Objectives Disinformation on medical matters has become an increasing public health concern. Public engagement by scientists, clinicians and patient advocates can contribute towards public understanding of medicine. However, depth of feeling on many issues (notably vaccination and cancer) can lead to adverse reactions for those communicating medical science, including vexatious interactions and targeted campaigns. Our objective in this work is to establish a taxonomy of common negative experiences encountered by those communicating medical science, and suggest guidelines so that they may be circumvented.
Design We establish a taxonomy of the common negative experiences reported by those communicating medical science, informed by surveying medical science communicators with public platforms.
Participants 142 prominent medical science communicators (defined as having >1000 Twitter followers and experience communicating medical science on social and traditional media platforms) were invited to take part in a survey, with 101 responses.
Results 101 responses were analysed. Most participants experienced abusive behaviour (91.9%), including persistent harassment (69.3%) and physical violence and intimidation (5.9%). A substantial number (38.6%) received vexatious complaints to their employers, professional bodies or legal intimidation. The majority (62.4%) reported negative mental health sequelae due to public outreach, including depression, anxiety and stress. A significant minority (19.8%) were obligated to seek police advice or legal counsel due to actions associated with their outreach work. While the majority targeted with vexatious complaints felt supported by their employer/professional body, 32.4% reported neutral, poor or non-existent support.
Conclusions Those engaging in public outreach of medical science are vulnerable to negative repercussions, and we suggest guidelines for professional bodies and organisations to remedy some of these impacts on front-line members.
Suggested guidelines for professional bodies and employers
Educational/professional organisations must recognise a commitment to support evidence-based actions by their members. This may require oversight of such activities and investment in the governance/training resources to protect members willing to act as advocates.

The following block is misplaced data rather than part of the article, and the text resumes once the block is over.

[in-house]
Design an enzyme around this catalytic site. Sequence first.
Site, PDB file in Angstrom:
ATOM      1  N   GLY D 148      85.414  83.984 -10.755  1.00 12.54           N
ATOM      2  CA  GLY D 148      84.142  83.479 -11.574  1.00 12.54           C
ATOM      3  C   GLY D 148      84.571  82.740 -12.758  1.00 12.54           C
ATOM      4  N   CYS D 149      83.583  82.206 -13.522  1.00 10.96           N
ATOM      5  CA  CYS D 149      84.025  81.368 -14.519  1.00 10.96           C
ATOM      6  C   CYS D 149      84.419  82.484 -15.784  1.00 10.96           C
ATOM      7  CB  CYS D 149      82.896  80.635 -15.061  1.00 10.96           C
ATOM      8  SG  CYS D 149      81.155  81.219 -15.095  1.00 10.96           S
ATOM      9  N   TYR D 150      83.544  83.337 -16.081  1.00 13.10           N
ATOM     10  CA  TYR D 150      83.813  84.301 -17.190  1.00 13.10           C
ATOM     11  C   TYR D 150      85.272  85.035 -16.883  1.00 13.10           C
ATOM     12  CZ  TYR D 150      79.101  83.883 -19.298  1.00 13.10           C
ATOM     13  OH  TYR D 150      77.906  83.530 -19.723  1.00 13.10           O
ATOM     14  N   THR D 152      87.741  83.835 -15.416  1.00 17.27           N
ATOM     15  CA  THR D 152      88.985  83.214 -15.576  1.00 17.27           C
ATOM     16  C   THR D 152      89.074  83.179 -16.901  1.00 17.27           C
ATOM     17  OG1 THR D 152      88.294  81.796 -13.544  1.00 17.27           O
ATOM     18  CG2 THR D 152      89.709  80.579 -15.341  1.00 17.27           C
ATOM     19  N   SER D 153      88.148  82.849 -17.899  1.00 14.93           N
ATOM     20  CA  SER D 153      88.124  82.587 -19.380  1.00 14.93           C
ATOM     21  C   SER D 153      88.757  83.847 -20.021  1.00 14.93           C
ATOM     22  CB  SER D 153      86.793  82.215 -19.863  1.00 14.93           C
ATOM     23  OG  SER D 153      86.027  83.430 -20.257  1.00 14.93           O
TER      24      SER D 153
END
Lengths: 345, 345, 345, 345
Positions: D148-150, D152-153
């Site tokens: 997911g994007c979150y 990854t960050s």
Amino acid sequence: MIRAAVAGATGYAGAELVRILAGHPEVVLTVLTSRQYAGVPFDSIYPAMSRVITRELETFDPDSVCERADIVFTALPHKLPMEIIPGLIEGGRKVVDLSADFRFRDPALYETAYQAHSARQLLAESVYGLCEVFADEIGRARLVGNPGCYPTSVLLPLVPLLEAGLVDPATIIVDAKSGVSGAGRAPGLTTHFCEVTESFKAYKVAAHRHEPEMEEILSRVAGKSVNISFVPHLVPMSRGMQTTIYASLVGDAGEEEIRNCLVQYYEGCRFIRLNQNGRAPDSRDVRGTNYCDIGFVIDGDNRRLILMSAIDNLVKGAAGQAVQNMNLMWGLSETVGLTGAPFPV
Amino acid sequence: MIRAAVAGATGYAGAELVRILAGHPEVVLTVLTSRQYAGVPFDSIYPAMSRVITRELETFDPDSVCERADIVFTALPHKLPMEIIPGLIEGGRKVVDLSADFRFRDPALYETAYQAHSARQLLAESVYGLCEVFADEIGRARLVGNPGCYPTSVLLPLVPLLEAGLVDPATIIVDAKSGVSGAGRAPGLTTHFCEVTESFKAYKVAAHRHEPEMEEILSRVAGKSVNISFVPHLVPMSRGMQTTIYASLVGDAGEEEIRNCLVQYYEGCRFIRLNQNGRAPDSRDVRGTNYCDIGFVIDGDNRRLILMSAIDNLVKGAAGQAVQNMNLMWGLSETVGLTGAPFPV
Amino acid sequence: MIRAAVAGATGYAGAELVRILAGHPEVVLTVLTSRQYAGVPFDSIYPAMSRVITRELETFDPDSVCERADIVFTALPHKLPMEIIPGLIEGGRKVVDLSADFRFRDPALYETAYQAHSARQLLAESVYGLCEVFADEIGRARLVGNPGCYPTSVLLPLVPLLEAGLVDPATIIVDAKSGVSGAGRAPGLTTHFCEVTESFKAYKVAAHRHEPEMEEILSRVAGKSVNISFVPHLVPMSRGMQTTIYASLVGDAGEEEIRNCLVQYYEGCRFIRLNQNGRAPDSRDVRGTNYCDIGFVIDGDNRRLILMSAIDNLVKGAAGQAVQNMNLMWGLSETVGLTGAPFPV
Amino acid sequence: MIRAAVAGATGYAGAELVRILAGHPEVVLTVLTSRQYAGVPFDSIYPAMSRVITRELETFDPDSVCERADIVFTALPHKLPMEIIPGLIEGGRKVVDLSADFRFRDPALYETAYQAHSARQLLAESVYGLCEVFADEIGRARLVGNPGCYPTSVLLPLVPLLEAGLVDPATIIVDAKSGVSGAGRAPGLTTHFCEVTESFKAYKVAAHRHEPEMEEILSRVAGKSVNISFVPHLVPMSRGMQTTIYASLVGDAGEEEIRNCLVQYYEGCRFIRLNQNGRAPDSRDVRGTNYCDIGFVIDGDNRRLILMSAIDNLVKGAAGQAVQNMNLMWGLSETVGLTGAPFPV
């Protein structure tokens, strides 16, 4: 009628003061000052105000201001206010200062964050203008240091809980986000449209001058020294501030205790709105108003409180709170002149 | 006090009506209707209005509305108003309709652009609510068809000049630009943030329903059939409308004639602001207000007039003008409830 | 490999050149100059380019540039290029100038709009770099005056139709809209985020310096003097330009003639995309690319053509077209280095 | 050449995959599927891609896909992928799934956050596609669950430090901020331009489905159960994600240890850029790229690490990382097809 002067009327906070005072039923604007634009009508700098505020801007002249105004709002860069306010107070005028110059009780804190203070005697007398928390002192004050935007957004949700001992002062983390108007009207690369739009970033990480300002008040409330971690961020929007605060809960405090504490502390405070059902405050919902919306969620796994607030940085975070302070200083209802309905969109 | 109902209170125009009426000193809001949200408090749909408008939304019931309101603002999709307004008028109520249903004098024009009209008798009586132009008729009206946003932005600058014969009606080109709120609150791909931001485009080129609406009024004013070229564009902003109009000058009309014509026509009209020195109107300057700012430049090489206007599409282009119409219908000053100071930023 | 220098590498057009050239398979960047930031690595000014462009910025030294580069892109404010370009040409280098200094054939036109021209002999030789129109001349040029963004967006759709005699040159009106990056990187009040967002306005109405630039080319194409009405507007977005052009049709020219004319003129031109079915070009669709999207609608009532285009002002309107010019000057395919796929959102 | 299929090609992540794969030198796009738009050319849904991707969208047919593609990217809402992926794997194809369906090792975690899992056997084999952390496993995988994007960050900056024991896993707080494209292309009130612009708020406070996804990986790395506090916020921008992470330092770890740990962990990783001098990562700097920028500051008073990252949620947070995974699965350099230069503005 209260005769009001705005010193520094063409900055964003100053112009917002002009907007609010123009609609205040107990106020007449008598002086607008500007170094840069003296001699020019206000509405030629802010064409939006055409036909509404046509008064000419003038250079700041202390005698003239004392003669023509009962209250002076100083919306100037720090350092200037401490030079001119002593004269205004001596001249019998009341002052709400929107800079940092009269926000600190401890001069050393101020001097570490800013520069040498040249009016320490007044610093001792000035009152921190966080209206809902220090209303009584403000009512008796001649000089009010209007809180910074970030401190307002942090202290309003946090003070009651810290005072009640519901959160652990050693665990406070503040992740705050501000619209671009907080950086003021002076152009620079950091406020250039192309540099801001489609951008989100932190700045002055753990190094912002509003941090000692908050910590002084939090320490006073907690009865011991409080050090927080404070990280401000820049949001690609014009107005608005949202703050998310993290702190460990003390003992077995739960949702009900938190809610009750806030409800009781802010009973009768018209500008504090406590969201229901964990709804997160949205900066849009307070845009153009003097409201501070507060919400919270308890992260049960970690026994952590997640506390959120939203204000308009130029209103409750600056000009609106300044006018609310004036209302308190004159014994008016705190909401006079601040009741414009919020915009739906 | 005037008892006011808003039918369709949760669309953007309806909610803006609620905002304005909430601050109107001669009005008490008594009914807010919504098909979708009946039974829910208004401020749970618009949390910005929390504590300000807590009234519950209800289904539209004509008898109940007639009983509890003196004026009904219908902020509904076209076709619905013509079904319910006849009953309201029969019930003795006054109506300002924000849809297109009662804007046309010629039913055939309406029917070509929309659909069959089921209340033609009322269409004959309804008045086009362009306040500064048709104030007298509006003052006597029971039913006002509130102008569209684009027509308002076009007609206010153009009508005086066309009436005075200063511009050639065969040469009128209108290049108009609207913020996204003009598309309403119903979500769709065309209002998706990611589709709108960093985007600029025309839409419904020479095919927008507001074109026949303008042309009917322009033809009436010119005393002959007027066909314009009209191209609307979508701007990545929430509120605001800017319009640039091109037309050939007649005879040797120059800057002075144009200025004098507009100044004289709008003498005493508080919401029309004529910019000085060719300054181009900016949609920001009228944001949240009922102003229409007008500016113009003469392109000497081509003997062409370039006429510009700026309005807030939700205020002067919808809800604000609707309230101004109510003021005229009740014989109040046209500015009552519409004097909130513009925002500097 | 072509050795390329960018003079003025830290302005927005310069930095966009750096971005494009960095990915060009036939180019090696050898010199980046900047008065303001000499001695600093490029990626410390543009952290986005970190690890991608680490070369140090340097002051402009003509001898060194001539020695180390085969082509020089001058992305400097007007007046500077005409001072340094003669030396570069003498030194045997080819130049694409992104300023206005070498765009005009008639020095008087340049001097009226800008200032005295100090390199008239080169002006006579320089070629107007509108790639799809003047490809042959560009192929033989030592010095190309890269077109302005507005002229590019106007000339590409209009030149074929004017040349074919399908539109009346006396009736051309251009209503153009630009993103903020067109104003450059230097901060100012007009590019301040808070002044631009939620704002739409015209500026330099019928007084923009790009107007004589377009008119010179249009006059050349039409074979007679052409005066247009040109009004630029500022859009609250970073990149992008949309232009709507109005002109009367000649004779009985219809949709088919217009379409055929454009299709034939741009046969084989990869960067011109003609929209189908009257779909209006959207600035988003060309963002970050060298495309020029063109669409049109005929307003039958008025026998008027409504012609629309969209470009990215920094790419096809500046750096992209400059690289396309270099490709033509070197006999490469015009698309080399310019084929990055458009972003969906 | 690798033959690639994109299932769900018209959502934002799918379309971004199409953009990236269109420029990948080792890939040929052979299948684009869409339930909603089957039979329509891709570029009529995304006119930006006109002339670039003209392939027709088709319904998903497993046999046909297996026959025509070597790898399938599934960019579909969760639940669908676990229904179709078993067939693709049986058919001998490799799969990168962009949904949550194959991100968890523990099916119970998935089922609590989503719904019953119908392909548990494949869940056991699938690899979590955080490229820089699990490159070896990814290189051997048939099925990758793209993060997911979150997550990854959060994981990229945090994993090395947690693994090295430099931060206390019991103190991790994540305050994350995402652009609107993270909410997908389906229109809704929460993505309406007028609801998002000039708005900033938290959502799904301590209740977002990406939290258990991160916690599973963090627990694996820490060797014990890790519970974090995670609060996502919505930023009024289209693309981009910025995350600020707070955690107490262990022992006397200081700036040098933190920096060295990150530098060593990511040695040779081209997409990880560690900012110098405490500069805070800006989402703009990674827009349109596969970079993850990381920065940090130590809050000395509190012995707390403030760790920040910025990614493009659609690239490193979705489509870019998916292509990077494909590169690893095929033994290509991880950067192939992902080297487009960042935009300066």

Institutions and professional bodies should have robust measures in place to oversee communication activities associated with their members, and to make assessments as to whether individuals are communicating established facts in good faith or are contributing to undermining of facts with potential legal/reputational damage.
When institutions receive complaints regarding members, the subject must be afforded presumption of innocence rather than being served with reactionary and inflexible procedures, lest the institution might become an unwilling tool against science.
In case of disputes and complaints, competent and impartial individuals should be engaged to independently assess complaints, cognisant of vital background and context.
Coordination between press offices and those engaged in outreach would improve communication, pre-emptively identifying those likely to be targets for malicious tactics.
Support for those identified as being on engagement front lines should be maintained, with clear legal advice/institutional support for targeted members.
Organisations must be vocal in supporting public-facing members, willing to issue strong rebuttals of vexatious complaints against individuals.
Professional bodies and employers should strive to promote both scientific freedom of speech and to champion evidence-based advocacy.
When possible, those expected to engage in outreach should be trained in methods that reduce opportunities for personal and professional attacks.